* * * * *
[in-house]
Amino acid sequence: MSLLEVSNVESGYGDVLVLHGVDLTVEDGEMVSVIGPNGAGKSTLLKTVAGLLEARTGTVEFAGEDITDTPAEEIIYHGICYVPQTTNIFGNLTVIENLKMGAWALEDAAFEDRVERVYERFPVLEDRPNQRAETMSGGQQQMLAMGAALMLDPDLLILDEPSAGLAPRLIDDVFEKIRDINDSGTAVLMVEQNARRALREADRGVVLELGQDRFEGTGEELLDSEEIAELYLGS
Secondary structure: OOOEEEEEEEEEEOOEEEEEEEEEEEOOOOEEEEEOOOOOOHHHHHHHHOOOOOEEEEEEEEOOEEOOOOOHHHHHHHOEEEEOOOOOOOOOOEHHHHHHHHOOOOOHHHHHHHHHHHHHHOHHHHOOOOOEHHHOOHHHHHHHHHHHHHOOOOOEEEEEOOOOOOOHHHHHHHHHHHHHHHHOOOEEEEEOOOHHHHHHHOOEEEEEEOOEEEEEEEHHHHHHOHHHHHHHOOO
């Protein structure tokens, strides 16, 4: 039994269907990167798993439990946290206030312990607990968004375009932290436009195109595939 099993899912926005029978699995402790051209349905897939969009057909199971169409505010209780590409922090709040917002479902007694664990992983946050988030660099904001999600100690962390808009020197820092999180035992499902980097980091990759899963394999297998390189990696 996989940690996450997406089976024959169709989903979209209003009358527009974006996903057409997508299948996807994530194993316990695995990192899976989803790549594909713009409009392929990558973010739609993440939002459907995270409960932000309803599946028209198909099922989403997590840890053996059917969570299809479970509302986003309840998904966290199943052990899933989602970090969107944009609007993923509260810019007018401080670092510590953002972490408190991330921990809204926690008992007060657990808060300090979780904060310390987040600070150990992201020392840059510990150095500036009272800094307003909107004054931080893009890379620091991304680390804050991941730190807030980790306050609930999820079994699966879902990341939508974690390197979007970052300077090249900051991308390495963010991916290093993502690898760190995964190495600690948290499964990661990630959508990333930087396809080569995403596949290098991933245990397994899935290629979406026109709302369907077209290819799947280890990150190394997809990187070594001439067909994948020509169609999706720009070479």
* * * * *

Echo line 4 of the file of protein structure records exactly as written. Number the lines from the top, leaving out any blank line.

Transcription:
């Protein structure tokens, strides 16, 4: 039994269907990167798993439990946290206030312990607990968004375009932290436009195109595939 099993899912926005029978699995402790051209349905897939969009057909199971169409505010209780590409922090709040917002479902007694664990992983946050988030660099904001999600100690962390808009020197820092999180035992499902980097980091990759899963394999297998390189990696 996989940690996450997406089976024959169709989903979209209003009358527009974006996903057409997508299948996807994530194993316990695995990192899976989803790549594909713009409009392929990558973010739609993440939002459907995270409960932000309803599946028209198909099922989403997590840890053996059917969570299809479970509302986003309840998904966290199943052990899933989602970090969107944009609007993923509260810019007018401080670092510590953002972490408190991330921990809204926690008992007060657990808060300090979780904060310390987040600070150990992201020392840059510990150095500036009272800094307003909107004054931080893009890379620091991304680390804050991941730190807030980790306050609930999820079994699966879902990341939508974690390197979007970052300077090249900051991308390495963010991916290093993502690898760190995964190495600690948290499964990661990630959508990333930087396809080569995403596949290098991933245990397994899935290629979406026109709302369907077209290819799947280890990150190394997809990187070594001439067909994948020509169609999706720009070479």